Mary Elizabeth Frye wrote the beautiful poem “Do not stand at my grave and weep” reminding, indeed comforting friends and family of our lost ones, in their grief. No offence is intended for anyone’s personal loss.
But Margaret Thatcher’s death leaves behind a legacy beyond the personal. The damage she inflicted will remain until it is repaired, and repair it we must, as the gap between rich and poor is wider than ever, and so many face poverty, deprivation and despair. My additions/ interpretations reflect that, and indeed you may have your own.
Do not Stand at My Grave and Weep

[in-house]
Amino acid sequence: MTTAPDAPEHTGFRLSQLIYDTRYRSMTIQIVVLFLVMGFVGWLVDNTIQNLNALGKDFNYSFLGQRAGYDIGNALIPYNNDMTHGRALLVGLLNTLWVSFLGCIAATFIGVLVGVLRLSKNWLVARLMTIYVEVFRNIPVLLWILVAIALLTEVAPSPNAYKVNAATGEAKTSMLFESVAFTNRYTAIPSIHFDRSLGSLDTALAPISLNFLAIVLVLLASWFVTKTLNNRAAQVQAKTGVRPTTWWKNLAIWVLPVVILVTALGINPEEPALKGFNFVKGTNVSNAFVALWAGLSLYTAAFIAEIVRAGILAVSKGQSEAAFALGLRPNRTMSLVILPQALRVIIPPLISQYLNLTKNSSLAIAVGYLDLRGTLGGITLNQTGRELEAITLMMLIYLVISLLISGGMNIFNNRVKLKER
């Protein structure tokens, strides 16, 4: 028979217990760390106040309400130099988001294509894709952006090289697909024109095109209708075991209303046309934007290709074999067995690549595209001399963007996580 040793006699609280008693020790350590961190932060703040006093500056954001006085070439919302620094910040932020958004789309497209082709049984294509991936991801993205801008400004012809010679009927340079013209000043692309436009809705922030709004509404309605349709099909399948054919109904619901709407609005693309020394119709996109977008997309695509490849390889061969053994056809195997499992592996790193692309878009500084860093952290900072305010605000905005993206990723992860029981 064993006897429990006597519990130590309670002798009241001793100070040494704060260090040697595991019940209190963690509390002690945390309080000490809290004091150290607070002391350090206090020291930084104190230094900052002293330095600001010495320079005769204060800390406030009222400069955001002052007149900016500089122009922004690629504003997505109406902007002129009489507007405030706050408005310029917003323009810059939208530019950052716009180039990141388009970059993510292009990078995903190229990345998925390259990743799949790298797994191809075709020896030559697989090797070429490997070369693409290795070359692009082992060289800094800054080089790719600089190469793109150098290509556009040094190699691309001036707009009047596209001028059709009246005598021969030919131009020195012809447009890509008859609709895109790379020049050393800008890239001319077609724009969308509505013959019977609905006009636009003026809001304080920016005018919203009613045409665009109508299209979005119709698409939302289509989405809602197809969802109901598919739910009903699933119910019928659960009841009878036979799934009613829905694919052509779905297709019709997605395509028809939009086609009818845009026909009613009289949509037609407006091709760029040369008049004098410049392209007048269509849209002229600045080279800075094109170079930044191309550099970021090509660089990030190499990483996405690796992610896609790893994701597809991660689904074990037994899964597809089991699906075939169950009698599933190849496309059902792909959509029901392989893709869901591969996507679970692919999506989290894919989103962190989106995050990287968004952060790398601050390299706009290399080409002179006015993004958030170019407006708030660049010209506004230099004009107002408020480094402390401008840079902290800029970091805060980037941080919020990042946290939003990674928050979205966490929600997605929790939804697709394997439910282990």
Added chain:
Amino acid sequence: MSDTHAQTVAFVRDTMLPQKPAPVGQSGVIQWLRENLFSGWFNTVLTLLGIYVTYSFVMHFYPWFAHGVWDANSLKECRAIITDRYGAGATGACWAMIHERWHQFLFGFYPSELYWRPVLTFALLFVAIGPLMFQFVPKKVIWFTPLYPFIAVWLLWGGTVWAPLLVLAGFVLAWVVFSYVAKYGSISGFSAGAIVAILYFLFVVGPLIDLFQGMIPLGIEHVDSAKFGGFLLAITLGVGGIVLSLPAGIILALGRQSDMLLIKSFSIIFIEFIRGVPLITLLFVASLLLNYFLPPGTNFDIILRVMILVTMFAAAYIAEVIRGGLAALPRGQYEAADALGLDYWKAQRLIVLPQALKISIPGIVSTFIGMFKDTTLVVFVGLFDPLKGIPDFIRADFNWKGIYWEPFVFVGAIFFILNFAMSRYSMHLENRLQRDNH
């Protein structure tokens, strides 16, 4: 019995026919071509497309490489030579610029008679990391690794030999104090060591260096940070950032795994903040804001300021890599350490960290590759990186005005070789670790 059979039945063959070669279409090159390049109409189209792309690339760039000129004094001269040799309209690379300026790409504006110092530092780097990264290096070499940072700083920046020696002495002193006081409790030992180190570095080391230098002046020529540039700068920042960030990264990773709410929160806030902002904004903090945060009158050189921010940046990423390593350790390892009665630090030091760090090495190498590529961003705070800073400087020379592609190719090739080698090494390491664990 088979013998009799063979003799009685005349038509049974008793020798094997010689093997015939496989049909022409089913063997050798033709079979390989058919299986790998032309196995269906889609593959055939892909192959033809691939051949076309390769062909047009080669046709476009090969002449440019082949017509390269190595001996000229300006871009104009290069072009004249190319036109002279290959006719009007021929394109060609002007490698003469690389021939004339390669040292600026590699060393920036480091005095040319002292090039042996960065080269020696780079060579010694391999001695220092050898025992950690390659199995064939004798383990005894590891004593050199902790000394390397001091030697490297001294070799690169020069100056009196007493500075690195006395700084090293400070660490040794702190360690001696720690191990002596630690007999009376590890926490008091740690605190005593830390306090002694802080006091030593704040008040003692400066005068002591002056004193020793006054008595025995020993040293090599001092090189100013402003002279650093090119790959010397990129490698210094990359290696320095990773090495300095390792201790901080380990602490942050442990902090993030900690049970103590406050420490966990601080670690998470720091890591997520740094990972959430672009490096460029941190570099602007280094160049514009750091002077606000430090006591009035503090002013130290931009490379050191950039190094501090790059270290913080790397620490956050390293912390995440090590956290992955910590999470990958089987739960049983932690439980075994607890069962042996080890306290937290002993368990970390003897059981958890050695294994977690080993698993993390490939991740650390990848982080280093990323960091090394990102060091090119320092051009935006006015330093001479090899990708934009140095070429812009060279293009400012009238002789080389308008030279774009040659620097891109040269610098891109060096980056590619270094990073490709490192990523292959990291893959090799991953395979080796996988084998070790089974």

Do not stand at my grave and weep, I am not there, I do not sleep. In Con-Dem-Nation, I survive, Just for the Rich, they'll scrounge and strive! I am a thousand winds that blow, I am the softly falling snow. Icily cold, no heating on? Blame Sid, he bought my Gas-Shares con! I am the gentle showers of rain. I am the fields of ripening grain. Workers' sweat, and unions bashed, Fat Cat Profits, billions stashed. I am in the morning hush. I am in the graceful rush Unemployed, no hope, depressed? They're making money - sod the rest! Of beautiful birds in circling flight I am the starshine of the night. The hiding vultures are no chickens, NHS Bones, their tasty pickings! I am in the flowers that bloom I am in a quiet room. My secret's hidden out of reach, Protective treaties we can't breach. I am in the birds that sing. I am in each lovely thing. Off-shore havens out of touch, Easy Money, thanks so much! Do not stand at my grave and cry I am not there, I did not die. You sold your soul, and all for greed, Now I control your every need! See also: Weep not for Thatcher, but for Lost Society